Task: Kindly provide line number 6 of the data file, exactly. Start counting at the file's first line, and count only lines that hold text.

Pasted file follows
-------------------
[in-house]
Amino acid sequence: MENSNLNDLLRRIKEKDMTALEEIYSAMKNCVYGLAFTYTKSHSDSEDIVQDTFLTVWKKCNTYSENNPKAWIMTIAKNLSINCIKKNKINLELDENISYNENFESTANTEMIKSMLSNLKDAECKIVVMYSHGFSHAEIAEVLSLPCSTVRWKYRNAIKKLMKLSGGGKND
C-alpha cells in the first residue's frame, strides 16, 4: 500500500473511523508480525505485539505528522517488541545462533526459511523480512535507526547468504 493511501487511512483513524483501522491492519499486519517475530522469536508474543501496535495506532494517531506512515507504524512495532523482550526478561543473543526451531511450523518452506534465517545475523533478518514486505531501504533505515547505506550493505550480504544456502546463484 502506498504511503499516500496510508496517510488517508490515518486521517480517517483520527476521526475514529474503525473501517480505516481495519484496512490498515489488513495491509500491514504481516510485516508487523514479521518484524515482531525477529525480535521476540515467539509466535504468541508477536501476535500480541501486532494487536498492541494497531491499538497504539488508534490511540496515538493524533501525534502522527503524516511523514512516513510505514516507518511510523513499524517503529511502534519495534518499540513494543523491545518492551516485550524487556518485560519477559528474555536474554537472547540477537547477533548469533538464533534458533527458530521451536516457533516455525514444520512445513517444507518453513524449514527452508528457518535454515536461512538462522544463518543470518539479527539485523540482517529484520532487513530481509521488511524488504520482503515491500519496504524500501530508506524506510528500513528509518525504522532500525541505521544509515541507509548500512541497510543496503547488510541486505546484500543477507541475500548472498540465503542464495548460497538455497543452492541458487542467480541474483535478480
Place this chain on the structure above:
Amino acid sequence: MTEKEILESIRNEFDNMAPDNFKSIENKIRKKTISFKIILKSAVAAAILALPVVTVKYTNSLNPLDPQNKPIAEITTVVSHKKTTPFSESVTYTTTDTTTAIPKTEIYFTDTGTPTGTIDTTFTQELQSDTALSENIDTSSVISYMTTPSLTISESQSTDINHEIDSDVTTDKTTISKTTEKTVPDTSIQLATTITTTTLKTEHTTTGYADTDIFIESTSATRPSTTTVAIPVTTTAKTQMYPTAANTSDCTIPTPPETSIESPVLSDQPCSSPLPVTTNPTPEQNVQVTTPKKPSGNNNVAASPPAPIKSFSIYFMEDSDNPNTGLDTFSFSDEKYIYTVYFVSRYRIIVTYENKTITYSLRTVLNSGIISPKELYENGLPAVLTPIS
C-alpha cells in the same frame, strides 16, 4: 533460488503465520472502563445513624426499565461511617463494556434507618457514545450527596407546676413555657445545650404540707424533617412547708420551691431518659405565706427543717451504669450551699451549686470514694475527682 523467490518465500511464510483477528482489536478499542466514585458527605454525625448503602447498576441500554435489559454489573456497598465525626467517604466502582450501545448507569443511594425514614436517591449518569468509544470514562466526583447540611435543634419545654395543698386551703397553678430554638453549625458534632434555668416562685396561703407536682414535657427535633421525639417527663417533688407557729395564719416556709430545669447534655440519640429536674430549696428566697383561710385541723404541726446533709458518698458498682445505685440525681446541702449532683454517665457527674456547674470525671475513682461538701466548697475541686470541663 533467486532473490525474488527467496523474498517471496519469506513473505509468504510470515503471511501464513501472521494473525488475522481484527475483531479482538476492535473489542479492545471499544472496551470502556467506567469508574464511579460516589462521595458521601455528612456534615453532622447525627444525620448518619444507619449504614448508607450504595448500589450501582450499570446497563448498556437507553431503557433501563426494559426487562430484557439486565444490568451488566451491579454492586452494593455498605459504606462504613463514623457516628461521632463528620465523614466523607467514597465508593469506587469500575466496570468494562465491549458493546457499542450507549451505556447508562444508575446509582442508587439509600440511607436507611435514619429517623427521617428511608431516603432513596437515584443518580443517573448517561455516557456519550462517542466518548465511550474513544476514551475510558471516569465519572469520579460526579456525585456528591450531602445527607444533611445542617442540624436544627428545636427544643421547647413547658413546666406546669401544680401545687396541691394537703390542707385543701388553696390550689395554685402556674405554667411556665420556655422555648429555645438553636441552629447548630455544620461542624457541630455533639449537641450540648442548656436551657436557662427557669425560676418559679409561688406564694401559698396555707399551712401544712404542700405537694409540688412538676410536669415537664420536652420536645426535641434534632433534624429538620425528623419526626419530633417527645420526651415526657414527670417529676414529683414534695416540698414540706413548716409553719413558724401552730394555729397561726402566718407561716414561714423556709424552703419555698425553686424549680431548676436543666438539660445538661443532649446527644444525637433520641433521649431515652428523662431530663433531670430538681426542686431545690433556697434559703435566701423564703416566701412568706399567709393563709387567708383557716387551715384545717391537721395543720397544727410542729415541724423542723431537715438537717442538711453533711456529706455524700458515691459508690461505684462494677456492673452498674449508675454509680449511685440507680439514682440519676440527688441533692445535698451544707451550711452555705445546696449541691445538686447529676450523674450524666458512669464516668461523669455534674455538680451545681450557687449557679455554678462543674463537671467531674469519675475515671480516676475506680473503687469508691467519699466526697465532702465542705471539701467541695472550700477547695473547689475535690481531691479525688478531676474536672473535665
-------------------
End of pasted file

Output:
C-alpha cells in the same frame, strides 16, 4: 533460488503465520472502563445513624426499565461511617463494556434507618457514545450527596407546676413555657445545650404540707424533617412547708420551691431518659405565706427543717451504669450551699451549686470514694475527682 523467490518465500511464510483477528482489536478499542466514585458527605454525625448503602447498576441500554435489559454489573456497598465525626467517604466502582450501545448507569443511594425514614436517591449518569468509544470514562466526583447540611435543634419545654395543698386551703397553678430554638453549625458534632434555668416562685396561703407536682414535657427535633421525639417527663417533688407557729395564719416556709430545669447534655440519640429536674430549696428566697383561710385541723404541726446533709458518698458498682445505685440525681446541702449532683454517665457527674456547674470525671475513682461538701466548697475541686470541663 533467486532473490525474488527467496523474498517471496519469506513473505509468504510470515503471511501464513501472521494473525488475522481484527475483531479482538476492535473489542479492545471499544472496551470502556467506567469508574464511579460516589462521595458521601455528612456534615453532622447525627444525620448518619444507619449504614448508607450504595448500589450501582450499570446497563448498556437507553431503557433501563426494559426487562430484557439486565444490568451488566451491579454492586452494593455498605459504606462504613463514623457516628461521632463528620465523614466523607467514597465508593469506587469500575466496570468494562465491549458493546457499542450507549451505556447508562444508575446509582442508587439509600440511607436507611435514619429517623427521617428511608431516603432513596437515584443518580443517573448517561455516557456519550462517542466518548465511550474513544476514551475510558471516569465519572469520579460526579456525585456528591450531602445527607444533611445542617442540624436544627428545636427544643421547647413547658413546666406546669401544680401545687396541691394537703390542707385543701388553696390550689395554685402556674405554667411556665420556655422555648429555645438553636441552629447548630455544620461542624457541630455533639449537641450540648442548656436551657436557662427557669425560676418559679409561688406564694401559698396555707399551712401544712404542700405537694409540688412538676410536669415537664420536652420536645426535641434534632433534624429538620425528623419526626419530633417527645420526651415526657414527670417529676414529683414534695416540698414540706413548716409553719413558724401552730394555729397561726402566718407561716414561714423556709424552703419555698425553686424549680431548676436543666438539660445538661443532649446527644444525637433520641433521649431515652428523662431530663433531670430538681426542686431545690433556697434559703435566701423564703416566701412568706399567709393563709387567708383557716387551715384545717391537721395543720397544727410542729415541724423542723431537715438537717442538711453533711456529706455524700458515691459508690461505684462494677456492673452498674449508675454509680449511685440507680439514682440519676440527688441533692445535698451544707451550711452555705445546696449541691445538686447529676450523674450524666458512669464516668461523669455534674455538680451545681450557687449557679455554678462543674463537671467531674469519675475515671480516676475506680473503687469508691467519699466526697465532702465542705471539701467541695472550700477547695473547689475535690481531691479525688478531676474536672473535665